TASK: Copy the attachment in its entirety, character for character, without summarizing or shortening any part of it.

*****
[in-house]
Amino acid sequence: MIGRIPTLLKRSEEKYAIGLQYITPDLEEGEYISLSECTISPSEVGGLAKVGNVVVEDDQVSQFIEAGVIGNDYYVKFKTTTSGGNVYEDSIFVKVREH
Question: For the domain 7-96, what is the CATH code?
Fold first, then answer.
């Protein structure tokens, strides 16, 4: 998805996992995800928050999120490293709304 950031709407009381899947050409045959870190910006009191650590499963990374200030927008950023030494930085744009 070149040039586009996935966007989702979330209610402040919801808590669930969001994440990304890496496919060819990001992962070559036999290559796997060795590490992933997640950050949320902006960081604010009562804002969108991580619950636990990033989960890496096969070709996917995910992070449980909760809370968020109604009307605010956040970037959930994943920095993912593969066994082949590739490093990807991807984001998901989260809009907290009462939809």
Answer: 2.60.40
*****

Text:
[in-house]
Amino acid sequence: MIGRIPTLLKRSEEKYAIGLQYITPDLEEGEYISLSECTISPSEVGGLAKVGNVVVEDDQVSQFIEAGVIGNDYYVKFKTTTSGGNVYEDSIFVKVREH
Question: For the domain 7-96, what is the CATH code?
Fold first, then answer.
């Protein structure tokens, strides 16, 4: 998805996992995800928050999120490293709304 950031709407009381899947050409045959870190910006009191650590499963990374200030927008950023030494930085744009 070149040039586009996935966007989702979330209610402040919801808590669930969001994440990304890496496919060819990001992962070559036999290559796997060795590490992933997640950050949320902006960081604010009562804002969108991580619950636990990033989960890496096969070709996917995910992070449980909760809370968020109604009307605010956040970037959930994943920095993912593969066994082949590739490093990807991807984001998901989260809009907290009462939809």
Answer: 2.60.40